DUBAI/RIYADH, Nov 5 (Reuters) - The Saudi government plans to sell 2% of state oil giant Aramco in a domestic listing on December 11, three sources familiar with the matter said, but restrictions on future share sales mean an global IPO is ruled out for at least a year.
JP Morgan reportedly didn't offer a valuation, but said Aramco needs crude oil prices of $64.20 a barrel to break even this year.
Saudi Aramco officially kicked off its IPO on Sunday, saying that that it plans to list its shares in Riyadh.
The Crown Prince "expressed happiness" that Saudi Arabia's Capital Market Authority approved the listing of Aramco, the official Saudi Press Agency said. This is US$0.5 trillion less than what was the main idea of IPO of Crown Prince Mohammed bin Salman four years ago. JPMorgan Chase & Co. and UBS Group AG both wrote reports on Aramco, but declined to give valuation estimates to their clients, an unusual decision for a bank working on an IPO. Until now, the world's biggest IPO has been that of Chinese ecommerce company Alibaba in 2014, which raised $25bn.
While Aramco did not specify the time frame or how much of the total company it would be selling, according to verified sources, the company could possibly offer 1-2 percent of its shares on the regional bourse, raising somewhere between $20 billion - $40 billion in the process. It is due, however, to release a detailed prospectus on November 9, according to Bloomberg.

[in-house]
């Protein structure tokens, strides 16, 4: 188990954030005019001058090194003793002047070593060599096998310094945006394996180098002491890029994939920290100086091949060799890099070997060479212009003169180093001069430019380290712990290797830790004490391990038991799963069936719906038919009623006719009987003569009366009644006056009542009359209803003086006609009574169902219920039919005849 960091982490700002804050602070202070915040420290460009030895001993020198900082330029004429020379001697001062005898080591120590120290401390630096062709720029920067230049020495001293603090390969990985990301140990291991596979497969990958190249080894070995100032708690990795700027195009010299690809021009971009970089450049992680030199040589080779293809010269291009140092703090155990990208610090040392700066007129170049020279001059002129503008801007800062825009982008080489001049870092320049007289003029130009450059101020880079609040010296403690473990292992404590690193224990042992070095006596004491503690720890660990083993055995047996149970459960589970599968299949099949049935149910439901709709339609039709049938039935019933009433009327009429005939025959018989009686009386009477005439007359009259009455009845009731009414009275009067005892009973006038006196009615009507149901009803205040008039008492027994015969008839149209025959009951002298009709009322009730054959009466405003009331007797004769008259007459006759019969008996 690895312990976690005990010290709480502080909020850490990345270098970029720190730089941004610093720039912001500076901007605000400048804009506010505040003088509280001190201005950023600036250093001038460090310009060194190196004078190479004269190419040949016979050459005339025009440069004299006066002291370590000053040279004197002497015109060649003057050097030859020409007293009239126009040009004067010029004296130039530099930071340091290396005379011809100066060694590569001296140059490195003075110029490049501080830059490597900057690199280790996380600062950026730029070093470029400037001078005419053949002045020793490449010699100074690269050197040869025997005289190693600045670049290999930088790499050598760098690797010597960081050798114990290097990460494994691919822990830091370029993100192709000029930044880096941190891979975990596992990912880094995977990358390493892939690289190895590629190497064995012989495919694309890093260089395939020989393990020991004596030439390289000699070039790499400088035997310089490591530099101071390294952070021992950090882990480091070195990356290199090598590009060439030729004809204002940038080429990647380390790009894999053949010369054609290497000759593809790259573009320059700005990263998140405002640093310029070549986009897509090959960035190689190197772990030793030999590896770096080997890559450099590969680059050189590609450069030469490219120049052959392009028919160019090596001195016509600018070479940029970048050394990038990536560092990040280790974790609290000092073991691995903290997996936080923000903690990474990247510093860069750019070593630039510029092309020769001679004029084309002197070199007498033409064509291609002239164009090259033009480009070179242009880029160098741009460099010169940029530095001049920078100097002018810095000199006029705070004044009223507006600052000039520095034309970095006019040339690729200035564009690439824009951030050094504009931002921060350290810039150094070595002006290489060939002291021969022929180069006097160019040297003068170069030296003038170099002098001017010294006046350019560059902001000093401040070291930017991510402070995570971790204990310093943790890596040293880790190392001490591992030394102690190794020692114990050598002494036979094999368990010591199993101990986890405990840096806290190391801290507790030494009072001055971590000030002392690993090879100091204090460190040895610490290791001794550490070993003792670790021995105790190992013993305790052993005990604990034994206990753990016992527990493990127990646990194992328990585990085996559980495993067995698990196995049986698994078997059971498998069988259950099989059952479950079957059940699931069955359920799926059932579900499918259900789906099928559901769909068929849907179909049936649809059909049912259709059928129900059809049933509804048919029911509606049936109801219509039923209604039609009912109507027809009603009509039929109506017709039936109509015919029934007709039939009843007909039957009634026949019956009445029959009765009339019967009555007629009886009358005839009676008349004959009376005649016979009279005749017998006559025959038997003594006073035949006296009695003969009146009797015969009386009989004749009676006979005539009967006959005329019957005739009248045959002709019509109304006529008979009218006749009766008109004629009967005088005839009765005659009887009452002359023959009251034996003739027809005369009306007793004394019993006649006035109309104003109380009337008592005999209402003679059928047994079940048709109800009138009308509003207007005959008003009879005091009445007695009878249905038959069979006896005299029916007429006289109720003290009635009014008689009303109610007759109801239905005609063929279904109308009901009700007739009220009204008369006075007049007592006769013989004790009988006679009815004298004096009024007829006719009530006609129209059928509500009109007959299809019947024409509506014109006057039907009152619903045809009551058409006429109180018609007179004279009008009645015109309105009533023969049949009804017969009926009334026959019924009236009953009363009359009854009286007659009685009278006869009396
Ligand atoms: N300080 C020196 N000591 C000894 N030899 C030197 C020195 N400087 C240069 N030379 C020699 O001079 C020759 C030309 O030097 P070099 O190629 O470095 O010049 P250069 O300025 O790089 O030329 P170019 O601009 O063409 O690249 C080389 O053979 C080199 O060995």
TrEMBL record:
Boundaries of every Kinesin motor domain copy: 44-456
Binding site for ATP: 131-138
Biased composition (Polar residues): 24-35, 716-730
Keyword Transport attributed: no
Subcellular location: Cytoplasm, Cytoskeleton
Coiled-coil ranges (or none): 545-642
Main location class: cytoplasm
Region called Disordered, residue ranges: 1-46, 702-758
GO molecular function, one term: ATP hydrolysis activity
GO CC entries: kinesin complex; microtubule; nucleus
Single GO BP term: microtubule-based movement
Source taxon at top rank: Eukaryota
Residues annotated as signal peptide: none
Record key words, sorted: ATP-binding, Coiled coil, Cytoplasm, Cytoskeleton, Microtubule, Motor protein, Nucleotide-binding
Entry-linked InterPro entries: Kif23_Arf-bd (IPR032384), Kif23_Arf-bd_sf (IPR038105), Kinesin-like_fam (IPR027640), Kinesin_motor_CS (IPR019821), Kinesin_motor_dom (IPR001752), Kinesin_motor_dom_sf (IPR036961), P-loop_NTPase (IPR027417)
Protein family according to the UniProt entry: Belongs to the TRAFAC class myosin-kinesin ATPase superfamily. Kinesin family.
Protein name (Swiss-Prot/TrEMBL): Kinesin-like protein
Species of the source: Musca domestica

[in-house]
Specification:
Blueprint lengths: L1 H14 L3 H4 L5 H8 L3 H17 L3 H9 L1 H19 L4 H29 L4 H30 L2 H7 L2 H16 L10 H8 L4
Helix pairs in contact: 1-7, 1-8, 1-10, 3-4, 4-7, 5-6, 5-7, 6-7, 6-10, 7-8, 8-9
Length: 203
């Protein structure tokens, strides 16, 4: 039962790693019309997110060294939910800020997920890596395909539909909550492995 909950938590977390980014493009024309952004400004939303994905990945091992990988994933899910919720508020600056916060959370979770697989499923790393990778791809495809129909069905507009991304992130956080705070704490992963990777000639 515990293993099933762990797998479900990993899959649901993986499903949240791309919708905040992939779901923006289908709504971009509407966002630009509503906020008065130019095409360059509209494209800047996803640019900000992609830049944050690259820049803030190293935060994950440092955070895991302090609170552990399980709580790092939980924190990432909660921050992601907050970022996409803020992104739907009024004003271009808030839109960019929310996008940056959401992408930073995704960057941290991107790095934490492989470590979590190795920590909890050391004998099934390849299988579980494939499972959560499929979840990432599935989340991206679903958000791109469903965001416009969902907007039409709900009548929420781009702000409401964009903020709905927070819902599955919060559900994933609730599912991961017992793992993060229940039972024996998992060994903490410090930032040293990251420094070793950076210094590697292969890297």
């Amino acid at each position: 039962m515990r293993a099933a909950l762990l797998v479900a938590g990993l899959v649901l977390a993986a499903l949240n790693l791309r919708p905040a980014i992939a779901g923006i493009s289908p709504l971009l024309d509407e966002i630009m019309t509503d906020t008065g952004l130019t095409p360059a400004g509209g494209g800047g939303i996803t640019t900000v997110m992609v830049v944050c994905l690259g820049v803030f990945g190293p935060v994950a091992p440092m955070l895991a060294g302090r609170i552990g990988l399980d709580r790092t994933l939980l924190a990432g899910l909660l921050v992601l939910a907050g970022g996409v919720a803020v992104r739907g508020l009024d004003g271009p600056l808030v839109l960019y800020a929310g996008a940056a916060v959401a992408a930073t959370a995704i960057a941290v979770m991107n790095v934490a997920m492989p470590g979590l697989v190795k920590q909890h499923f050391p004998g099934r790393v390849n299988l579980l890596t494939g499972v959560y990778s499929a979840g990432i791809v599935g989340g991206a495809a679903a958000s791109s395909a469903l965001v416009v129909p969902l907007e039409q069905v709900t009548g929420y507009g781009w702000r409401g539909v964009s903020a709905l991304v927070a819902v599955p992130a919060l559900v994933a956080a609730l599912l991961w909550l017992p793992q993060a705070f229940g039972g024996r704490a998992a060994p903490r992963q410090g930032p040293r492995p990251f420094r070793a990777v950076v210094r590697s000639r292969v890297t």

Saudi Aramco is the world's largest and most profitable oil company in the world. Meanwhile, Saudi Aramco's chief technology officer is trying to run interference: "The pessimism around oil is misplaced", Ahmad Al Khowaiter asserted in a recent interview.
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Aramco or RBC didn't immediately respond to a request from comment.
In fact, the company's net income as of September this year was $68.2 billion, compared to $83.1 billion by this same point in 2018.
A person familiar with the offering, speaking on the condition of anonymity to discuss private conversations, said there were signs the prince was edging toward accepting a valuation around $1.8 trillion.
However, becoming more like an International Olympic Committee has its downsides: the company will inevitably be more focused on quarterly returns and short-term profits and have less ability to do the big, long-term, countercyclical strategic planning that it can do now. The IPO sales will go towards the kingdom's sovereign wealth fund, which will then invest it into various companies all over the world.
The world's largest crude oil producer said shares are being sold by the company's 100% shareholder - the Saudi government - through a number of banks.
Saudi Aramco's impending IPO might additionally have an effect on its deliberate investments in India.